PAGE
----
With Microsoft set to end support for Windows XP and Office 2003 next April, businesses using these legacy solutions should be planning their migration. Remaining on the old operating system (OS), and continuing to use this version of Office, will potentially leave businesses vulnerable to reduced performance, service downtime and heightened security risks. And given the technological advances seen in the last ten years, businesses are missing out on all manner of potential productivity gains by failing to upgrade.
Businesses now have the option of upgrading their operating system to Windows 8, which has been designed to meet the needs of agile modern businesses. The OS is ideal for mobile workers, given its intuitive, touch-based interface, which enables tablet and smartphone users to replicate the PC or laptop environment. And with access to Office 2013 and Office 365, they are now able to utilise a host of Microsoft software packages across multiple devices, and take advantage of the latest online collaboration and communication features.
Upgrading to Windows 8 from XP
If you are looking to upgrade from Windows XP to Windows 8, the reality is that new hardware may also be required. It may be possible to add the new OS to your system using Service Pack 3, but even then, only personal files will be retained. Realistically, if you've been using the same PCs for the last ten years or so, performance is likely to have tailed off by now. As such, your organisation may be missing out on the full potential value of its IT. Old PCs and laptops are just not equipped to capitalise on new solutions and techniques - in particular the hosted services available in the cloud.
If you're still using XP, this might be a good time to think about fully modernising your technology side. Consider the benefits of equipping employees with mobile technology and using IT applications in the cloud - these may include reduced costs, greater levels of vendor support, more regular upgrades, a longer life-cycle, increased flexibility and agility, and improved security.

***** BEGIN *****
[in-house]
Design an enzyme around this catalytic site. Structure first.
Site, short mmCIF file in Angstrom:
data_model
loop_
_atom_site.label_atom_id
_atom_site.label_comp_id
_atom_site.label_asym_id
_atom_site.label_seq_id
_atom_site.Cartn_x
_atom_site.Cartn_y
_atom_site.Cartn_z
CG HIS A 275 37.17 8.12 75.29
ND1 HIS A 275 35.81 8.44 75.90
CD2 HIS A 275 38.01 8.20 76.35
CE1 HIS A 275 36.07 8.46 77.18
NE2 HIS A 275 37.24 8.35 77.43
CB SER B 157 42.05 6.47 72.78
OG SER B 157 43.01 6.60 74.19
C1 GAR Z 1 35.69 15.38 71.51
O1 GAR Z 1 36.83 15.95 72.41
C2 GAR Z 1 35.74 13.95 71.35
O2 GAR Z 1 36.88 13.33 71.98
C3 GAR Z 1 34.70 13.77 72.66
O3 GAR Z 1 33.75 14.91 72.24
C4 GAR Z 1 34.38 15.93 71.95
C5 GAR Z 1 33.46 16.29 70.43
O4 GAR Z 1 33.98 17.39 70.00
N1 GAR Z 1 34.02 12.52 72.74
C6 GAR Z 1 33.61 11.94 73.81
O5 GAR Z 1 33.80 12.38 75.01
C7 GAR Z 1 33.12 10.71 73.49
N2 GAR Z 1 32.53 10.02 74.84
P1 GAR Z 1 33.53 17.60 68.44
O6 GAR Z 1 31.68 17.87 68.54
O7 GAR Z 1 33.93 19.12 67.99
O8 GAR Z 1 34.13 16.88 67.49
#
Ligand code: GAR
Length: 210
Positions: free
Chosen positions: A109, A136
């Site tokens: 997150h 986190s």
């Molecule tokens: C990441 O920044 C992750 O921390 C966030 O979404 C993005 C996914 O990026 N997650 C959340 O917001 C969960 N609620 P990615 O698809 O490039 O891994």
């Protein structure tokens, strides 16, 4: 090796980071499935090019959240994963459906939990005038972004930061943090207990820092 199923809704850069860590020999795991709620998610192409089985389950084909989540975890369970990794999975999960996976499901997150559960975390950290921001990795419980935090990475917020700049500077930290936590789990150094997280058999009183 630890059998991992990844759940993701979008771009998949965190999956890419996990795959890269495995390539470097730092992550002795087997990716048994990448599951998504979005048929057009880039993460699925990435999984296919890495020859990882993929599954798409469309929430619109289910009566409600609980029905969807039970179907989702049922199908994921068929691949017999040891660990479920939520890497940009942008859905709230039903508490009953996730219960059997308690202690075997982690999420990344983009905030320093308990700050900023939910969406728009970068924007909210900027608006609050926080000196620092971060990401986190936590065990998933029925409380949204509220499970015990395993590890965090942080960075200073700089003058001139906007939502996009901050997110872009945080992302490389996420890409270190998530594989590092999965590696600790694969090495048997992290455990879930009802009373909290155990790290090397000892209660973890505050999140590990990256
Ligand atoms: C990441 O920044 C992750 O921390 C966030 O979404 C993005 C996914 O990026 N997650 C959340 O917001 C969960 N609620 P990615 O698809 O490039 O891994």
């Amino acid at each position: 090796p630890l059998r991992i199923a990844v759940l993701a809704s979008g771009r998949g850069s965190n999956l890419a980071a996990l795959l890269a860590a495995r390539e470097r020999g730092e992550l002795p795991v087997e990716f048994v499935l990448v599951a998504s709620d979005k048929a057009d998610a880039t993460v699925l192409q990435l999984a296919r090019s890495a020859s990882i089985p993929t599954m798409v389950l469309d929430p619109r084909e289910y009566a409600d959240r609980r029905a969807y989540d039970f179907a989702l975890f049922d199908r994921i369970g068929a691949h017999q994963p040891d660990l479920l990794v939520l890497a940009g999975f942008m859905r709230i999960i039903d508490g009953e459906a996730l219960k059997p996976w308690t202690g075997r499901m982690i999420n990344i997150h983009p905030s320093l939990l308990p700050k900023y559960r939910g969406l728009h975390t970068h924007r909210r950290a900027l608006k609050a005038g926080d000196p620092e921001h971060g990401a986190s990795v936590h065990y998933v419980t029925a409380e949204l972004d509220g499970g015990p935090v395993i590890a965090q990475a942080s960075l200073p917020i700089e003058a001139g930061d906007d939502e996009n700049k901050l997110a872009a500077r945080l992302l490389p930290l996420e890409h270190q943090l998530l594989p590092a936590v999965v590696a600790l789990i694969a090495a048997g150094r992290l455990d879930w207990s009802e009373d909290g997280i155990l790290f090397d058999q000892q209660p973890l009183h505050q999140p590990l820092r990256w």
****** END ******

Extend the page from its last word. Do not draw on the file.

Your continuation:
Upgrading from a more recent OS
If your computers are using Vista or Windows 7, it may be worth simply installing Windows 8 on to your existing systems, in order to minimise capital expenditure. If you are considering this course of action, run the Windows 8 Upgrade Assistant. This performs a number of functions, including a scan of all hardware, apps and connected devices to ensure they will work with Windows 8. It also checks the PC hardware to ensure it meets the Windows 8 system requirements to install on your PC. Processor features such as CPU speed, PAE, NX, RAM size and hard drive capacity may be relevant here.
The assistant provides a compatibility report and details the steps required for you to buy, download, and install Windows 8. You have the option of upgrading to Windows 8 immediately - which can be done online, without the need for a physical disc - or saving the report for later. It will be available on the computer desktop in future, enabling you to begin the upgrade process at a later date if this is more suitable.
How to install Windows 8
Once you have paid for the Windows 8 or Windows 8 Pro upgrade and downloaded it on to your computer, there are a number of installation options. You can choose to 'Install now' - which begins the process immediately - or 'Install later' - in which case a shortcut will be added to the desktop for future use.
Alternatively, you can 'Install by creating media' - an advanced option which requires a USB flash drive or a blank DVD. This option is not available to users who are upgrading from Windows XP. It may appeal to users who need to install Windows 8 in a virtual environment, as a dual-boot configuration or on a separate PC.
Whichever option you choose, Windows Setup will prepare your system and create a checklist of tasks which need completing before the installation can be completed. Once this has been done, you will be given the option to 'Install'. After beginning this process, the computer will restart a number of times as it transfers files, apps, and settings to Windows 8.
Find out more about Microsoft's latest operating system Windows 8 by clicking here.
Posted by Alex Boardman